Friday, April 23, 2010
Janet here: As a working and cooking mother, I am a big casserole fan. Not only is it easy to pull together a dinner quickly, but the possibilities are really endless for combinations. Seriously, all you need are the pasta of your choice, a sauce of some kind (whether it's cheese based or not), and the goodies you want to put together plus spices. And you can make it all ahead and just plop it in the oven when you crawl through the door at the end of the work day.
Casseroles can also be a great way to hide certain ingredients that you might be trying to get past certain children who shall remain nameless. While parenting magazines always suggest ploys like cutting the food into shapes like clown faces, etc as a way to get a picky eater to eat, that never worked for me. I had to be a lot more devious...not that I was particularly successful. My middle son, G, basically lived on cans of Dinty Moore for about five years while the rest of my family ate real food. I took solace in the idea that those cans contained at least a version of something that once resembled a vegetable.
But I digress. Here's my variation on tuna casserole. I hate mushrooms so you won't find one anywhere near this, although you should feel free to add if you wish. What combinations do you like to put together for casseroles? Dish it up. We all want to know.
serves 6 or more
3/4 pound pasta--I use whatever I want but penne is particularly good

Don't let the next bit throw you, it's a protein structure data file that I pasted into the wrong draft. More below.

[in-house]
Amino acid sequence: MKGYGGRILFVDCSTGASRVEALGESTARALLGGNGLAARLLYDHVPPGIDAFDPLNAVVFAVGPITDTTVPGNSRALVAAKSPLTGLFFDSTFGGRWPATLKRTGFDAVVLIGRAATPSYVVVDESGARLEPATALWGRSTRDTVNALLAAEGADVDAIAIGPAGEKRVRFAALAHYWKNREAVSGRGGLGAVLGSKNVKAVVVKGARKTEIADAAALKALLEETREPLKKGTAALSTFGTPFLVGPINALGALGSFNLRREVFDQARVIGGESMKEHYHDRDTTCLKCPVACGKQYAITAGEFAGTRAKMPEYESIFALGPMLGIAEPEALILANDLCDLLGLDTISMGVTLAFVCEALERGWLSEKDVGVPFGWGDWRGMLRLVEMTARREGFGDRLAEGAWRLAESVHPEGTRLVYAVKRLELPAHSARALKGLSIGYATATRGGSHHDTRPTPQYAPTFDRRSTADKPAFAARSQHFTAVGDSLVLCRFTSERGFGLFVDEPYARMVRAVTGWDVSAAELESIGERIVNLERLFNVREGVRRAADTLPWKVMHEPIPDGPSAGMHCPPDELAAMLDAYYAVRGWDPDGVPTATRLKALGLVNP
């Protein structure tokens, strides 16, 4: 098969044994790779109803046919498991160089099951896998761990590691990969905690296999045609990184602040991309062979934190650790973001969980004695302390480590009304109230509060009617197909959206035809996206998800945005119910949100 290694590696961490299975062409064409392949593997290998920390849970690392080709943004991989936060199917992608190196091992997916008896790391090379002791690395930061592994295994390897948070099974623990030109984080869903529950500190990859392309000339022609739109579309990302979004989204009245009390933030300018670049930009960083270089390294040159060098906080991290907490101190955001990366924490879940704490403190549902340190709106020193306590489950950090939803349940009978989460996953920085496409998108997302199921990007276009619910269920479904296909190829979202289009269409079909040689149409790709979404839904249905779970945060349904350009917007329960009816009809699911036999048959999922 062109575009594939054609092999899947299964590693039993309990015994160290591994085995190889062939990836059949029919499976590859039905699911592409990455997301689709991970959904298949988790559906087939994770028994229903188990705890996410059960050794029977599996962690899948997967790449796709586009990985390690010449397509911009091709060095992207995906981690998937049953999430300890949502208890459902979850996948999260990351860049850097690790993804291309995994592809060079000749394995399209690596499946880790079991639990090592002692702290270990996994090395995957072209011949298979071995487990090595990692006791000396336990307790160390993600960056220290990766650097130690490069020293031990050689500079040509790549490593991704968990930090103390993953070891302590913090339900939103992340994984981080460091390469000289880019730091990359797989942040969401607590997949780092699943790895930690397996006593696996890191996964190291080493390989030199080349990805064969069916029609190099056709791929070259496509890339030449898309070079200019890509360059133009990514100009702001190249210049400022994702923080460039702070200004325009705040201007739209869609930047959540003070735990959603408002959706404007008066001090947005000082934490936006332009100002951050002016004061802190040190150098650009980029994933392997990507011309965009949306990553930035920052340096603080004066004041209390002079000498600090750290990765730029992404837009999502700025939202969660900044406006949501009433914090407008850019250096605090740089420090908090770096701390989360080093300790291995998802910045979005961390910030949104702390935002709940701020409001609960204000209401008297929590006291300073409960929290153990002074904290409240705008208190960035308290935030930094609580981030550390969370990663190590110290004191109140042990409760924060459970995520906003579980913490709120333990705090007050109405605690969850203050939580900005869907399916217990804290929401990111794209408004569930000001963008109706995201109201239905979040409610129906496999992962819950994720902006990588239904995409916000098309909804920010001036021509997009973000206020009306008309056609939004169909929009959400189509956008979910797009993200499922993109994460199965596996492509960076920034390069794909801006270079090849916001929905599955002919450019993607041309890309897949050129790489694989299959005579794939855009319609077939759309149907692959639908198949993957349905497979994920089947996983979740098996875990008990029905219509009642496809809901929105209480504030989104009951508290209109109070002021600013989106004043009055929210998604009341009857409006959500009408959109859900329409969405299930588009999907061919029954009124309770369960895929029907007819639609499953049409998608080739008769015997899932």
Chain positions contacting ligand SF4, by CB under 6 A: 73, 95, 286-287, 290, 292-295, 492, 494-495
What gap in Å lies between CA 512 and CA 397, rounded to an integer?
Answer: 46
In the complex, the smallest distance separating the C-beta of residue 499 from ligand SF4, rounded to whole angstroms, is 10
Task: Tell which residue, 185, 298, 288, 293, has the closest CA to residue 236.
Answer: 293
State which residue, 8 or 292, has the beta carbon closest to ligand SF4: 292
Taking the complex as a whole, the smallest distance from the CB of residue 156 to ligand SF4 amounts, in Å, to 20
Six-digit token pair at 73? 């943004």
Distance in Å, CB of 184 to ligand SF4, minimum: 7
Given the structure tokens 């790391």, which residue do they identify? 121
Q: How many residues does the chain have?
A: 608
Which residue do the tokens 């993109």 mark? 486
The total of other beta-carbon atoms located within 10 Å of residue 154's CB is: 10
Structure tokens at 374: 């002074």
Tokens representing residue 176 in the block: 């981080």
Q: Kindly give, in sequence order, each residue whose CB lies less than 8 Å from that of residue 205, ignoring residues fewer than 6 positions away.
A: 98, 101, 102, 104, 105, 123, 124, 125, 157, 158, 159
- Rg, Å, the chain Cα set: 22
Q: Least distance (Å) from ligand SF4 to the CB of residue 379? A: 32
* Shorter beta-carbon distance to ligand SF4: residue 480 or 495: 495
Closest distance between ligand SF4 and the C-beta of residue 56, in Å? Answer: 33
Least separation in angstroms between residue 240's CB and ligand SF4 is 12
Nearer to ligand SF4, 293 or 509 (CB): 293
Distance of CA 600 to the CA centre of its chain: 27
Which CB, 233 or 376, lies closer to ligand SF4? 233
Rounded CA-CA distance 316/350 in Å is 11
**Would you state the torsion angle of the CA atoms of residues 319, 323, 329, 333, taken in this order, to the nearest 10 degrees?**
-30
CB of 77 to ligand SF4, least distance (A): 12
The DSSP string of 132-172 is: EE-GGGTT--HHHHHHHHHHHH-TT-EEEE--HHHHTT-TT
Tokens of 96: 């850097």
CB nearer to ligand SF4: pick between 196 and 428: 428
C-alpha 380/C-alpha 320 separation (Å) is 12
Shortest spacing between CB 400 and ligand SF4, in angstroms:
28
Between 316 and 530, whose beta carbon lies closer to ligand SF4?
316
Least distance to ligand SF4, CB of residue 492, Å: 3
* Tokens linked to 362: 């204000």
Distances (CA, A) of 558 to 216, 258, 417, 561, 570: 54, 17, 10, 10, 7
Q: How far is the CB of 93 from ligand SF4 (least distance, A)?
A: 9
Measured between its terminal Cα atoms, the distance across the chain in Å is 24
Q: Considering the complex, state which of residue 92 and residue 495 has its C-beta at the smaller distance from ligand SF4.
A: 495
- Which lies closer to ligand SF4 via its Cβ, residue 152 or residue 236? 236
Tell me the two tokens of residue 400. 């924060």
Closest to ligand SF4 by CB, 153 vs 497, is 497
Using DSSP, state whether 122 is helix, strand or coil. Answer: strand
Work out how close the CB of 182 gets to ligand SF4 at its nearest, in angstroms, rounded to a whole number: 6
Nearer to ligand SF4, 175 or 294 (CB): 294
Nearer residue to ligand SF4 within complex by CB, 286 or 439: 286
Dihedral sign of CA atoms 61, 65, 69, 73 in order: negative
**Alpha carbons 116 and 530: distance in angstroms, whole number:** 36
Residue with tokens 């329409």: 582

1 tablespoon canola oil
1 small onion, chopped
1 large stalk celery, finely diced
1/4 cup all purpose flour
3 cups low fat milk
1 cup low-sodium chicken broth or vegetable broth
3/4 teaspoon salt
1/4 teaspoon freshly ground black pepper
4 6-ounce cans tuna in water, drained
1 10-ounce box frozen peas
1 10-ounce box frozen chopped broccoli
1/3 cup bread crumbs
3 tablespoons freshly grated Parmesan cheese
Heat the oven to 350 degrees. In a large pot of boiling, salted water, add the pasta and cook until al dente. Drain
While the pasta is cooking, heat the oil and add the onions and celery. Saute until the onion is translucent, about five minutes or so. Add the flour and stir until the vegetables are well covered. Pour in the milk and broth stir over a low heat until the sauce thickens. Take it off the stove.
Mix the pasta, tuna, peas, broccoli and sauce in a large bowl. Pour into a casserole dish. Spread the bread crumbs and Parmesan cheese on top. Bake for about 35 minutes until the top is brown and the whole delicious concoction is bubbling slightly. Add some salad and French bread, and you are good to go.
Rachel here: I have never made a casserole. Seriously, not once. I'm not really sure why, although I suppose the fact that I don't own a casserole dish probably has something to do with this fact. Casseroles seem so warm and hearty, though, and so classically domestic that I guess I'm going to have to acquire the appropriate cookware and remedy this oversight in my cooking repertoire. Plus, with a kid on the horizon, I'm imagining easy dinners are about to become even more appealing than they currently are (and trust me, with John and I both on the move most of the time, easy dinners are already pretty darn appealing). And so, though I know my mom already said this, what do you put in your casserole? Whoever presents the most alluring combination will provide the recipe for my very first casserole, complete with a shout-out on the blog and everything...once I buy the freaking casserole dish, that is.